Parmesan is one of the most popular cheeses when it comes to cooking. But if you’ve ever needed to substitute it for a recipe, you might’ve caught the name Pecorino Romano as a viable substitute along with a few other options.
In reality, certain dishes that call for Parmigiano Reggiano were initially cooked with Pecorino Romano (and still are today). And while the comparisons between the two are nigh-inescapable, both Pecorino Romano and Parmigiano Reggiano deserve a bit more respect than that, considering they’re still distinctly their own things, regardless of what the similarities between them are.
Have you used Pecorino Romano in the kitchen before? If not, you might want to rectify that immediately. Let’s break down why.
What is Pecorino Romano?
Pecorino Romano is an ancient traditional Italian hard cheese. According to various historical accounts, it was created in Roman Campagna over 2,000 years ago (mentions of sheep’s milk cheese can be found in works of old Latin authors, such as Varro). But wait, you may say, how do we know that sheep milk cheese was Pecorino Romano? Well, Pecorino literally means “of sheep” in Italian, so Pecorino Romano is simply “Roman sheep’s cheese.”
Pecorino Romano has been granted the Protected Designation of Origin (PDO) status by the EU, which means it can only be manufactured in strictly designated areas, using strictly controlled ingredients, and following strictly controlled instructions. Ensuring the PDO is safeguarded during the manufacturing process is up to Consorzio per la Tutela del Formaggio Pecorino Romano (The Consortium for the Protection of Pecorino Romano Cheese) which was first established in 1979 to oversee the production and trade processes of the cheese.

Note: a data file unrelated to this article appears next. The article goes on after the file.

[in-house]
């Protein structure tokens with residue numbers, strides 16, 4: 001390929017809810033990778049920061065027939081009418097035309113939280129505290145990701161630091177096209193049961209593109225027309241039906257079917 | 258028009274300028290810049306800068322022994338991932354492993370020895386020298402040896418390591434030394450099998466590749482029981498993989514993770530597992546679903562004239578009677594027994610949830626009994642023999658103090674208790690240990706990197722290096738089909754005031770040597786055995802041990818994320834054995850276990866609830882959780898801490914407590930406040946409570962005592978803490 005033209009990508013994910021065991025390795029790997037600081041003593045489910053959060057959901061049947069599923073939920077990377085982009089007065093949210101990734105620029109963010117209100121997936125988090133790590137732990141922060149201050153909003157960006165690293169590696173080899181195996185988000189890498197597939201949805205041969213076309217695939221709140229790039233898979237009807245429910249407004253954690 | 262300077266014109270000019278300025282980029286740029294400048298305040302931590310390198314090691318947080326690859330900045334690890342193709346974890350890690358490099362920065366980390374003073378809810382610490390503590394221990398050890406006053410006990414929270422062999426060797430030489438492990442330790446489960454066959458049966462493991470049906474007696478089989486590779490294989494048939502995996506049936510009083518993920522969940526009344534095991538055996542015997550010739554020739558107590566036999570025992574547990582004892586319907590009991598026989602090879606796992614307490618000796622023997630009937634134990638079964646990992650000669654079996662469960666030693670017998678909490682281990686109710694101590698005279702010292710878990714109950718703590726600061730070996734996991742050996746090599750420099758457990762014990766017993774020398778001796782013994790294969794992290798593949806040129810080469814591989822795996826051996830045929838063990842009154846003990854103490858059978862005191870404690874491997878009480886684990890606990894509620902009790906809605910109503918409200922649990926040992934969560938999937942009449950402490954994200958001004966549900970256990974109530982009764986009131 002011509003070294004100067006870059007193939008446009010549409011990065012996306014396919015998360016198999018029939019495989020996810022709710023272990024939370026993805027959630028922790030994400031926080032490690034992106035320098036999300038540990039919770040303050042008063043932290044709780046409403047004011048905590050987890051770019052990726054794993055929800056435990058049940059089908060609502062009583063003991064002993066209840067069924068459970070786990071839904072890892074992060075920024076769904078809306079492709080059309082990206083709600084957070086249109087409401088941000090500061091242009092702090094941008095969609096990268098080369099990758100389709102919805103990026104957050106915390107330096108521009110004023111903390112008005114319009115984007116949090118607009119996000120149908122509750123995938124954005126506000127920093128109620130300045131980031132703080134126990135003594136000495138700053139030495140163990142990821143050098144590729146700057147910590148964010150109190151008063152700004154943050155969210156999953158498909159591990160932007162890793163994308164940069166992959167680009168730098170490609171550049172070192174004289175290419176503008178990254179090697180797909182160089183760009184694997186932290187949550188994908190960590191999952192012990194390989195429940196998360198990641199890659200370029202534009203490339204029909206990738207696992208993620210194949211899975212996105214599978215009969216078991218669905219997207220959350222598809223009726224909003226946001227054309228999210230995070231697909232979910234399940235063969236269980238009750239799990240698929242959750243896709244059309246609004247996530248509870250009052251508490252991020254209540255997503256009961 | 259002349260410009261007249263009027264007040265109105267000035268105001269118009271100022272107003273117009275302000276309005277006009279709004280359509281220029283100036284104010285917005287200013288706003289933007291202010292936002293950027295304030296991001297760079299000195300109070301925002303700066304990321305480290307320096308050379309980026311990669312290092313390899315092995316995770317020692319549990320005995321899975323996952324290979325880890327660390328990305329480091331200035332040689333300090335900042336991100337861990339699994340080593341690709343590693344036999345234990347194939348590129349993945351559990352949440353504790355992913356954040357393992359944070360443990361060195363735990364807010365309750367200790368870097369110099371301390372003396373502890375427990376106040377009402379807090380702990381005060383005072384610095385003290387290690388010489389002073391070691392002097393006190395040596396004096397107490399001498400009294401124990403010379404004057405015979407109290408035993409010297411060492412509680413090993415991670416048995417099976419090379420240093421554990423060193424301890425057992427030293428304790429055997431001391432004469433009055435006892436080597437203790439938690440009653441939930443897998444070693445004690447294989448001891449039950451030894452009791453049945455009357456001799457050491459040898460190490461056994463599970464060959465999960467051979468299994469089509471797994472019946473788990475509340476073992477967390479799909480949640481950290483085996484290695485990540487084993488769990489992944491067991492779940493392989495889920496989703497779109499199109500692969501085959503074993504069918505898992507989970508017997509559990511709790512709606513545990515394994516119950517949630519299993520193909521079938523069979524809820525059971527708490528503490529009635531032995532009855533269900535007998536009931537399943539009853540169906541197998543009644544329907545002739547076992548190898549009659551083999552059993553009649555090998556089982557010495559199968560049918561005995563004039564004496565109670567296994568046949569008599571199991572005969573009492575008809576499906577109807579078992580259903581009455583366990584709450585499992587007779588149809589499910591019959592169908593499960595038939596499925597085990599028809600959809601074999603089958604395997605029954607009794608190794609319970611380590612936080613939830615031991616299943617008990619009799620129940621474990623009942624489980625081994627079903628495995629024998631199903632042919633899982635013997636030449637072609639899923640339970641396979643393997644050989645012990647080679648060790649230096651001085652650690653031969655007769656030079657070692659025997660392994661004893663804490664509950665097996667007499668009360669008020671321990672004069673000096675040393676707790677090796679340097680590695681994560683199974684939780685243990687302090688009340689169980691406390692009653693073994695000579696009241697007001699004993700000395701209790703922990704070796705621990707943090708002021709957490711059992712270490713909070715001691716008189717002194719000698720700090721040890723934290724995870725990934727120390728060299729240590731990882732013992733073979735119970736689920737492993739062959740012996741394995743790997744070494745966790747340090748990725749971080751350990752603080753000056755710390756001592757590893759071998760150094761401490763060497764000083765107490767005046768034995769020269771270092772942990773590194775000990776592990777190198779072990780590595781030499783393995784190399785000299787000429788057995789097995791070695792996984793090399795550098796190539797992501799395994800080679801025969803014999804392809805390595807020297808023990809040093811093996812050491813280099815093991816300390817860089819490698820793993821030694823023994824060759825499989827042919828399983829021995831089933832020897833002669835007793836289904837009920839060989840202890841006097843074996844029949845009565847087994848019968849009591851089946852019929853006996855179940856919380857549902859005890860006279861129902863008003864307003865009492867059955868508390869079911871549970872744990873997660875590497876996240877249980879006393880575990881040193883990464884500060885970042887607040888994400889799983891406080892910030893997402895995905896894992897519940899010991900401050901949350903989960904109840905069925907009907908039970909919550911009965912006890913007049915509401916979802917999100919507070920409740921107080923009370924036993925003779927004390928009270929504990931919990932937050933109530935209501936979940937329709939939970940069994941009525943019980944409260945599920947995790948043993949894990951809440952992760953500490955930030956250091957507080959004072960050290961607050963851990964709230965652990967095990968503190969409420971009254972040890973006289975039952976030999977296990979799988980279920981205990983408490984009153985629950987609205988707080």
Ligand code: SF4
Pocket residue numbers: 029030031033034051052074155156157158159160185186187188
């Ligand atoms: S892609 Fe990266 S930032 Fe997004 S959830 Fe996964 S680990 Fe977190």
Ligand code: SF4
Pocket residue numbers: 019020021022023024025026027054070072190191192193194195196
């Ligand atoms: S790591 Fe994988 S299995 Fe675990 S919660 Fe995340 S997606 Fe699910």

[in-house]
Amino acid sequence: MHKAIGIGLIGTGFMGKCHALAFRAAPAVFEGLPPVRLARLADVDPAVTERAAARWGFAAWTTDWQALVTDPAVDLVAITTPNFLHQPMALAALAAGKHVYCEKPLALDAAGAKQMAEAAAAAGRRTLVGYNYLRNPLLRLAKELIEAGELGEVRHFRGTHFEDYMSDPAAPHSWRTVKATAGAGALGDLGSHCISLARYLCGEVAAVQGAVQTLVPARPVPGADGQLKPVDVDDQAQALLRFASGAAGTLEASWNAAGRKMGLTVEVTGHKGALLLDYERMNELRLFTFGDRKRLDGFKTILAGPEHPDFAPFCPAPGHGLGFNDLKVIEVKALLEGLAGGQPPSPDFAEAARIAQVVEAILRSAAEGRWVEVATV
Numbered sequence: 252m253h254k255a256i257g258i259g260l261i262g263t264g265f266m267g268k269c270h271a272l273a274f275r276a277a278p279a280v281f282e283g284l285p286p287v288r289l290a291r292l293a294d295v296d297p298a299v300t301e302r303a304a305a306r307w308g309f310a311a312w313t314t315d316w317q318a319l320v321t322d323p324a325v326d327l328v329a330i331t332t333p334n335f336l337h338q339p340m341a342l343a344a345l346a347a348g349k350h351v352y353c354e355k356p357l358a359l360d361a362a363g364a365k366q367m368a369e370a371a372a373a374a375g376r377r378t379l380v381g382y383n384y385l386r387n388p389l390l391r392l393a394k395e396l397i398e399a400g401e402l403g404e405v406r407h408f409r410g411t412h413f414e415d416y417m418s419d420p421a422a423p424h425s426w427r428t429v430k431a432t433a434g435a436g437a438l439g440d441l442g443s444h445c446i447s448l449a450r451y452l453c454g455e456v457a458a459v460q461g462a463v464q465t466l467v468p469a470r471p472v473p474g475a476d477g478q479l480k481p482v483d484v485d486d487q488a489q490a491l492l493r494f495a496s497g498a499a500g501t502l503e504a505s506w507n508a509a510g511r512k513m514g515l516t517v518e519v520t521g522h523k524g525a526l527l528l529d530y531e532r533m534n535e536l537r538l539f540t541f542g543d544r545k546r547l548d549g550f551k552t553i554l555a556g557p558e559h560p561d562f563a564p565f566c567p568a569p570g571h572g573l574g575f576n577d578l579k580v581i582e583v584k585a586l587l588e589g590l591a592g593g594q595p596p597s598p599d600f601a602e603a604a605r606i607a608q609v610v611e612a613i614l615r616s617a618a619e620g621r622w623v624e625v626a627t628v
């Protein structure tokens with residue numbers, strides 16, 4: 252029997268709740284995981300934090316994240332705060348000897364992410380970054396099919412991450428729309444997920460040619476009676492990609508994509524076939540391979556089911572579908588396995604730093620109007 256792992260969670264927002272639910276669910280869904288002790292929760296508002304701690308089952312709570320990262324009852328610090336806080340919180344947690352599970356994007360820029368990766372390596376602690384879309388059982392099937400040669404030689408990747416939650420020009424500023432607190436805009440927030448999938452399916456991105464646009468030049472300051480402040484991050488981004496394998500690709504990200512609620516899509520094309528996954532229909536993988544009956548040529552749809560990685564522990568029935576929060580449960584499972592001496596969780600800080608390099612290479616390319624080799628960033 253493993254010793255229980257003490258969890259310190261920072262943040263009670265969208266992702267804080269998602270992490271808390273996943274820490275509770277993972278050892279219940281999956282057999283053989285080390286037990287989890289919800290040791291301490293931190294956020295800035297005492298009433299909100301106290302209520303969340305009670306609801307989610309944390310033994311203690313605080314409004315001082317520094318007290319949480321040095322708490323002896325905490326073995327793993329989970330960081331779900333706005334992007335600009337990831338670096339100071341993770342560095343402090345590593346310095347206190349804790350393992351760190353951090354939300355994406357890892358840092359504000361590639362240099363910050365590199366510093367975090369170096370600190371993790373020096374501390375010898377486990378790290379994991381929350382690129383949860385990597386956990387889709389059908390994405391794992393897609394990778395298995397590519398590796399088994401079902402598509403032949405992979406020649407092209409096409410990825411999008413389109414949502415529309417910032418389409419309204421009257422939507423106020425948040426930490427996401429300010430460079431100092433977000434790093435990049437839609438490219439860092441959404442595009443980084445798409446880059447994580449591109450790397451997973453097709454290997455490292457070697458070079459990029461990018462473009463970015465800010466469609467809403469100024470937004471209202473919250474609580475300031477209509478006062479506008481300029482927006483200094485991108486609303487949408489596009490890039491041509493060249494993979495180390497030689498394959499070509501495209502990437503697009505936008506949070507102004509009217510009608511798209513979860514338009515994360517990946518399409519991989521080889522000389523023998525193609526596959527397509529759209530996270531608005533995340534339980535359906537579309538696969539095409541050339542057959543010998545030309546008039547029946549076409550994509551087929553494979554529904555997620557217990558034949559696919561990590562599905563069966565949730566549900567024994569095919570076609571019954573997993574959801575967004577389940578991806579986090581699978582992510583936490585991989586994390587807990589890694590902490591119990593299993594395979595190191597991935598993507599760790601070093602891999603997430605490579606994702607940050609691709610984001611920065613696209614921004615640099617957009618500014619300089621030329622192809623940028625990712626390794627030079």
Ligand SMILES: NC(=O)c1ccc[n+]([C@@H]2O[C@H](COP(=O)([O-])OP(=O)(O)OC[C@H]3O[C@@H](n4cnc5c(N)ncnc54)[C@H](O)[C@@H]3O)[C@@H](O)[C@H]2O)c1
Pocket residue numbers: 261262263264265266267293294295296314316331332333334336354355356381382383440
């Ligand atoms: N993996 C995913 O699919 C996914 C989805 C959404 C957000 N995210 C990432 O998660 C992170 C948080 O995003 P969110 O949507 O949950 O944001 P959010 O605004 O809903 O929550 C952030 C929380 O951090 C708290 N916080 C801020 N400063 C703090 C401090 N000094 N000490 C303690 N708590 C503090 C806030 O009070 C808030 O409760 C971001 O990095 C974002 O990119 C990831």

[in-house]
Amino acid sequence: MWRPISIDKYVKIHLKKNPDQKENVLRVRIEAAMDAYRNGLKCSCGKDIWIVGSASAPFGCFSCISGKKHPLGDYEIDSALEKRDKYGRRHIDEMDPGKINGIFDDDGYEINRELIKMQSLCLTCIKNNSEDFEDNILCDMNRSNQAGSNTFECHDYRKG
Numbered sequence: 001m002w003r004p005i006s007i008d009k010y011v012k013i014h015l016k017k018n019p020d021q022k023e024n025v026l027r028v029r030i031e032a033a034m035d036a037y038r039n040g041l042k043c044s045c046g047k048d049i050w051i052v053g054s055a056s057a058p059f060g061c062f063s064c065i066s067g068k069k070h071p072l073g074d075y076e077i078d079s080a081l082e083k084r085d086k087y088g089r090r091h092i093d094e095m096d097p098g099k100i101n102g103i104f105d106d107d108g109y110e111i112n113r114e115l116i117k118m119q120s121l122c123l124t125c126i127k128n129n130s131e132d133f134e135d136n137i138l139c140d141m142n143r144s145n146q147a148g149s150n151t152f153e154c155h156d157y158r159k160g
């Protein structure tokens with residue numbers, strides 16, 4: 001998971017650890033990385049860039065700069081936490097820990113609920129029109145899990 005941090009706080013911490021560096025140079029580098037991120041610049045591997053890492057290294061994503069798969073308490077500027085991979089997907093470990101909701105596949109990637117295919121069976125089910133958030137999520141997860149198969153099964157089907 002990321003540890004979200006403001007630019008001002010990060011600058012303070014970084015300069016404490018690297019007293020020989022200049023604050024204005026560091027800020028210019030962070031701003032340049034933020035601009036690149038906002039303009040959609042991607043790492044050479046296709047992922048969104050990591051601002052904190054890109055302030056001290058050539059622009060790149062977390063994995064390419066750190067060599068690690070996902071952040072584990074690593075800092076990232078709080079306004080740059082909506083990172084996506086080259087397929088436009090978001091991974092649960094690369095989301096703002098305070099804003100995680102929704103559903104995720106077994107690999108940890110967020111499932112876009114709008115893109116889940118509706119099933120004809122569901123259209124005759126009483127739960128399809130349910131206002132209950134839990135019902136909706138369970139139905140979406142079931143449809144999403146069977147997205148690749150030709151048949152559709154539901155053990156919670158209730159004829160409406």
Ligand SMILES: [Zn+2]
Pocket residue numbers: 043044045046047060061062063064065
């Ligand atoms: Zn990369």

The designated areas for Pecorino Romano production are Lazio, where it first originated, Sardinia, where most of the production has moved nowadays, and the province of Grosseto in Tuscany. While the sheep breed isn’t strictly regulated, the way they’re bred and fed is. The sheep must be bred in the wild and fed a natural grass and hay diet for the milk to be considered suitable for Pecorino production.
Pecorino Romano varies in color from bright white to pale yellow, getting darker as it matures. It’s aged for no less than 5 months, and during that time, it develops a smooth and thin natural rind, as well as the signature hard and crumbly texture. Pecorino Romano is considered one of Grana cheeses, a granular cheese that’s most often used grated or shredded.
That said, compared to most other Grana cheeses, the Pecorino Romano texture remains very rich and somewhat buttery due to the base ingredient: sheep milk. As sheep’s milk contains a very high amount of butterfat, the cheeses made with it tend to maintain a fatty texture even as they age and lose moisture.